The Covid-19 immunisation programme has started in Waikato with a group of Hamilton nurses the first to receive the vaccine.
At a dedicated Covid-19 vaccination centre in Hamilton on Thursday afternoon, 28 vaccinators received the first of their two doses of the Pfizer/BioNTech vaccine.
From Friday, the vaccinators will begin the process of immunising the workforce on-site at all Waikato managed isolation facilities.
The first to receive the vaccine in the Waikato was public health nurse Dawn Tamati, who was honoured to go first.
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“I feel quite privileged to be the first one to get the vaccine, Tamati said.
I truly believe in immunisations, they’re so important, and I feel like I’m doing my part. Immunisations are about keeping our whnau, our hapu, our iwi and our communities well, and I feel like I’m doing that today.”
Leanne Smith administered the first injection and says it was “quite an honour” to do it.
The ultra-cold freezers for storing the Pfizer/BioNTech vaccine can get down to -80 degrees Celsius.
“It’s been such a wait for something that we’ve all wanted and to actually start vaccinating is exciting. I felt humbled to be asked to be the first in Waikato to give the vaccine.”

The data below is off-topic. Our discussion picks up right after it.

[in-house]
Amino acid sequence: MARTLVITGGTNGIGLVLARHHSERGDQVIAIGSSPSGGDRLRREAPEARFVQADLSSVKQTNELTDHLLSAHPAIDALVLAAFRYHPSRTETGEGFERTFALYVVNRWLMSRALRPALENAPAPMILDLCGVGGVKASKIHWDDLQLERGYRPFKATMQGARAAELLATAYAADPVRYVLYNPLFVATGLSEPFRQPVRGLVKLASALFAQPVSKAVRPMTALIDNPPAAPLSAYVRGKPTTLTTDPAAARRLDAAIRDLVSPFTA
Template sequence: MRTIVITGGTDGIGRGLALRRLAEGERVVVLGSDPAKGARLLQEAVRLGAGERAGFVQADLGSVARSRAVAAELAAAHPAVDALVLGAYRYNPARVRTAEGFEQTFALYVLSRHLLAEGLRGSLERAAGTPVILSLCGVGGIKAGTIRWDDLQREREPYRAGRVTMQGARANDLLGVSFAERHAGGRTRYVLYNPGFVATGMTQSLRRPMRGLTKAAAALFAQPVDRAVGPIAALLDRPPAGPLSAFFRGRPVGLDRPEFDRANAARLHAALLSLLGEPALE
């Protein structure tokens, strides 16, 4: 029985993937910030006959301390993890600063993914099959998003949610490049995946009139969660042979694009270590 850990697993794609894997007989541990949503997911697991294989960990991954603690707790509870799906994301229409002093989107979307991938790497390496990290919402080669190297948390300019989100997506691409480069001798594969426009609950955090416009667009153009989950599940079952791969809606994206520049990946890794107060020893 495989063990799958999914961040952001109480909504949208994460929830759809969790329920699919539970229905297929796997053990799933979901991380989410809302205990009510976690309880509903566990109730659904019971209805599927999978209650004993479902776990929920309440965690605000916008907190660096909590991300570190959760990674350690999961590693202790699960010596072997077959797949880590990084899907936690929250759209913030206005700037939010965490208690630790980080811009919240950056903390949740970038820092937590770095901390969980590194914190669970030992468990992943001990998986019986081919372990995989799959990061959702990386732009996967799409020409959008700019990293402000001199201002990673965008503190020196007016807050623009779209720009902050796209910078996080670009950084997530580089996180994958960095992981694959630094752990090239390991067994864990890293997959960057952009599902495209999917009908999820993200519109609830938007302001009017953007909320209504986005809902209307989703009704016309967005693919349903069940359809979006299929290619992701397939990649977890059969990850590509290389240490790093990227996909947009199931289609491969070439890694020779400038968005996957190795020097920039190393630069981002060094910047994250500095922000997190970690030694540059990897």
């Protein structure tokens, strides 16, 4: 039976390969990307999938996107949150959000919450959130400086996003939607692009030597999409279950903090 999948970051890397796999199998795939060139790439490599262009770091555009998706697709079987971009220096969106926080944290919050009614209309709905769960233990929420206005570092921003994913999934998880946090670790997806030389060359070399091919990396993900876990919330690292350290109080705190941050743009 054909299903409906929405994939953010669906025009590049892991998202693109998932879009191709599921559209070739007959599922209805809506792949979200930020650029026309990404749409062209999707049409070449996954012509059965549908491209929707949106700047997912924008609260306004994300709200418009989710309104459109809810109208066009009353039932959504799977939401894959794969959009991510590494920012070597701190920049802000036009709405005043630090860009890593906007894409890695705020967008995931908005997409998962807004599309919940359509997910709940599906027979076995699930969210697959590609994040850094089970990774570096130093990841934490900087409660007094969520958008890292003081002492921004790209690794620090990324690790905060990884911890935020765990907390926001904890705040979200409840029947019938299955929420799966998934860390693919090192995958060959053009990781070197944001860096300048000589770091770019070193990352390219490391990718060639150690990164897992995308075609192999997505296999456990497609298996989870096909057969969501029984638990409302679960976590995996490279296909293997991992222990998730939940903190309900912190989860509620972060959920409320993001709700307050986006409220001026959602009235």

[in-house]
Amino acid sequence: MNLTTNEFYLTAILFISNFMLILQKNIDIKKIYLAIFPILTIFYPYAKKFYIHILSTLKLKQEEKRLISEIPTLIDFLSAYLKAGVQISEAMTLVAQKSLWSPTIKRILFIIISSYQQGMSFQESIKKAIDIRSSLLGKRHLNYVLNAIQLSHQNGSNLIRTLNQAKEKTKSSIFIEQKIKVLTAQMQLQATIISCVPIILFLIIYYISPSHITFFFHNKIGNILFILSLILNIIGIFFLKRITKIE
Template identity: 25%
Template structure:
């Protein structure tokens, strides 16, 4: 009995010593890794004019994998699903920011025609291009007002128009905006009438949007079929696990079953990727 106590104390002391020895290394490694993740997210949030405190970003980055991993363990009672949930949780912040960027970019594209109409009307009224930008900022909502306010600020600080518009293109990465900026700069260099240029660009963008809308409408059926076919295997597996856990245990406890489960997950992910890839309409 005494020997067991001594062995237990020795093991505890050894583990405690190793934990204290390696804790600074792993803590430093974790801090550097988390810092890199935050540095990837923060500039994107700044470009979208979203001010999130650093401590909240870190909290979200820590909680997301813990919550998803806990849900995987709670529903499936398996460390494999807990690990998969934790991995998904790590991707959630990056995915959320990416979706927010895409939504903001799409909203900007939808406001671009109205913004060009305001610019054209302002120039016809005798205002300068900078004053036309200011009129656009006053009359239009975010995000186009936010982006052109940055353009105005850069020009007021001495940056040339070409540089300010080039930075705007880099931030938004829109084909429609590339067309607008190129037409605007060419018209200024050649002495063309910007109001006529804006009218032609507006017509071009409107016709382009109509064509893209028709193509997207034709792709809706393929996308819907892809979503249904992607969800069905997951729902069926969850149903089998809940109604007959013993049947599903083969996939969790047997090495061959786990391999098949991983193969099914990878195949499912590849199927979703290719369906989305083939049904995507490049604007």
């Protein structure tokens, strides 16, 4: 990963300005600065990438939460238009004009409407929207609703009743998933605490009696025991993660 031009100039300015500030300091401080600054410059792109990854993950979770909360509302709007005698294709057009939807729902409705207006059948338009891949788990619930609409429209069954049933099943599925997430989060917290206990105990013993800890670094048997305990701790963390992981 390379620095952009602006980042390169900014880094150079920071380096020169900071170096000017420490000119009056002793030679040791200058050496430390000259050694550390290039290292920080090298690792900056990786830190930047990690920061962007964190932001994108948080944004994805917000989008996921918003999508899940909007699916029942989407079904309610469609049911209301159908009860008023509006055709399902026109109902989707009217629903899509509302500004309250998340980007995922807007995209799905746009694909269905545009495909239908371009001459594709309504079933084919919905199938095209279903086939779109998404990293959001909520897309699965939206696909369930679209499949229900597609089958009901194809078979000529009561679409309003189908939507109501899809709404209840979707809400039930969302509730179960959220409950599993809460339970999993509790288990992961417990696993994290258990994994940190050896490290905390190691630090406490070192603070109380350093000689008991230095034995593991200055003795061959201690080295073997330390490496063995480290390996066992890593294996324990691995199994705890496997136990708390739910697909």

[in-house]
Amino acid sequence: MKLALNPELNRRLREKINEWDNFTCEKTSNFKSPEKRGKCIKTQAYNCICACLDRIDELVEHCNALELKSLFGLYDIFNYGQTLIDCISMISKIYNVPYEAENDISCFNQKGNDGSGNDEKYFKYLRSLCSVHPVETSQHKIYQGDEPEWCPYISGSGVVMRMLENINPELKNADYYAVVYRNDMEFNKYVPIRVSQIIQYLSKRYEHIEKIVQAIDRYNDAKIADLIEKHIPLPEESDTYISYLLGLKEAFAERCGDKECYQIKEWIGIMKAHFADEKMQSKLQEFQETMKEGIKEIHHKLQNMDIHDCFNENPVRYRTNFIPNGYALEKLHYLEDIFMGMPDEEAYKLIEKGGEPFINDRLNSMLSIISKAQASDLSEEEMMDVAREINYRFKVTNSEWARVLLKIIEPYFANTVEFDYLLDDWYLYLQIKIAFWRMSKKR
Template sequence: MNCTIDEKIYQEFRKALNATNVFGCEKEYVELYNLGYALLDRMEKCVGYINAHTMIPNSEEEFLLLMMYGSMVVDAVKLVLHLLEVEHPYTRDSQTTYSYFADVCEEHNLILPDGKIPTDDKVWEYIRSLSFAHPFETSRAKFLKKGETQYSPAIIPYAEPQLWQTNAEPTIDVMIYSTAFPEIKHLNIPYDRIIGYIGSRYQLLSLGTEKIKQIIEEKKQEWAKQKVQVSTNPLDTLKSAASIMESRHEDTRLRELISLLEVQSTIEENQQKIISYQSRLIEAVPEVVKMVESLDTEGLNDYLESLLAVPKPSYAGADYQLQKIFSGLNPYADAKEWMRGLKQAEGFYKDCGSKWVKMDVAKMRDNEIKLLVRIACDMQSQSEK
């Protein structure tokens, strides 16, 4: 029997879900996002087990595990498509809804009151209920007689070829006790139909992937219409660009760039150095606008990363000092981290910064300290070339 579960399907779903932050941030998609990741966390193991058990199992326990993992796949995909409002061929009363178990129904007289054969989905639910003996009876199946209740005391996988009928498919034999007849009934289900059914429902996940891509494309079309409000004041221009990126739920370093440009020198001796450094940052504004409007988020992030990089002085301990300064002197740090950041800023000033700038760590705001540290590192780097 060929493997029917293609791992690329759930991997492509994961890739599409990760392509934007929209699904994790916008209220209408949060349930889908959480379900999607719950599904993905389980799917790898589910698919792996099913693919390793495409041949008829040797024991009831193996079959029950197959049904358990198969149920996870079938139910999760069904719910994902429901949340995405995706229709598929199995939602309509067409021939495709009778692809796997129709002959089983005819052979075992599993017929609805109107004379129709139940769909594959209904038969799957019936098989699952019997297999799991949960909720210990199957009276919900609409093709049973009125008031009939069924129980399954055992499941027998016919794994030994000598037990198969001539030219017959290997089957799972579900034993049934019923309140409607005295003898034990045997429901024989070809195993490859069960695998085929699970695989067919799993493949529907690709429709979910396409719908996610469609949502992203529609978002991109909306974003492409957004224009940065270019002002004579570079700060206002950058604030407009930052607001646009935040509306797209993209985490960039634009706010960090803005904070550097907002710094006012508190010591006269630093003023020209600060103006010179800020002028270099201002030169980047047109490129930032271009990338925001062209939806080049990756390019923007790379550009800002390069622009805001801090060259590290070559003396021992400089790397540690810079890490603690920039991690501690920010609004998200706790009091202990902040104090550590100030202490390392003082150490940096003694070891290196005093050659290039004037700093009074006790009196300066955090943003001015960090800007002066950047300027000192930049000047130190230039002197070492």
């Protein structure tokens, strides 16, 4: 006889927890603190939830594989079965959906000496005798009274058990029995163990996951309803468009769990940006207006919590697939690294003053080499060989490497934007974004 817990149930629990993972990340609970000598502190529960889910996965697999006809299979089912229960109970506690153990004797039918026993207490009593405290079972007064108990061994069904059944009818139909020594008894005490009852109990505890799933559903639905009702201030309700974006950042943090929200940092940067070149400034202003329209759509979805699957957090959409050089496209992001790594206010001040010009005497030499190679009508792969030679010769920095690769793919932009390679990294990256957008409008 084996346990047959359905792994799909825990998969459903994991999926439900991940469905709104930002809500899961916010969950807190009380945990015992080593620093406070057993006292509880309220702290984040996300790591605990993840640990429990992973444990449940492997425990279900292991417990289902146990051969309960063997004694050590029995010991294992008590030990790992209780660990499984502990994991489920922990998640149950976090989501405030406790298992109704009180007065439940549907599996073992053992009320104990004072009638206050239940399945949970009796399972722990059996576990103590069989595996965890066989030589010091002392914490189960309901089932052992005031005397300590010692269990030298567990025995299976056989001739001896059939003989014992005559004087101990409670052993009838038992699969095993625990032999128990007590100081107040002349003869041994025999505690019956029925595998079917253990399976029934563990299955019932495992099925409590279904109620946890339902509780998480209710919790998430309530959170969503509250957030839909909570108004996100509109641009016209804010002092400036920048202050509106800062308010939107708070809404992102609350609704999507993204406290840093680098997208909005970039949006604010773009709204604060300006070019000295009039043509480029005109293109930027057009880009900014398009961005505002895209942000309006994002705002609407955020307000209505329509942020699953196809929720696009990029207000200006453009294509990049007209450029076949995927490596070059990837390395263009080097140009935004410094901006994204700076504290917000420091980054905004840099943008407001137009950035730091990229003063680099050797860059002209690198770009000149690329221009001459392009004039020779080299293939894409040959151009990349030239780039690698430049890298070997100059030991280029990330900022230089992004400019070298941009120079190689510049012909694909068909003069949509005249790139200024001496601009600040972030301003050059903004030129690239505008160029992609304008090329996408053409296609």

She said the arrival of the vaccine is a significant milestone for the country and the region.
“We’re making history, and it is something our whnau will talk about for many, many generations.”
The first stage of the vaccine rollout includes border workers and the managed isolation and quarantine workforce, and their household contacts.
Ikimoke Tamaki-Takarei manages cultural intervention for the region’s managed isolation facilities and also received his first dose today.
He said it’s critical for border workers to be the first line of protection for the communities and vulnerable populations.
“As part of border control for Covid-19, it’s our responsibility to keep our families safe. We go home to our families every night. I return home to my new mokopuna, so it’s my responsibility to keep her safe, to keep my children safe, and my immediate family safe,” Tamaki-Takarei said.
“A lot of our vulnerable whnau and our kaumatua suffer from some sort of respiratory illness, so we have to be able to protect them by getting a vaccine.”
Household contacts of managed isolation workers will receive their immunisations by appointment at the dedicated vaccination centre.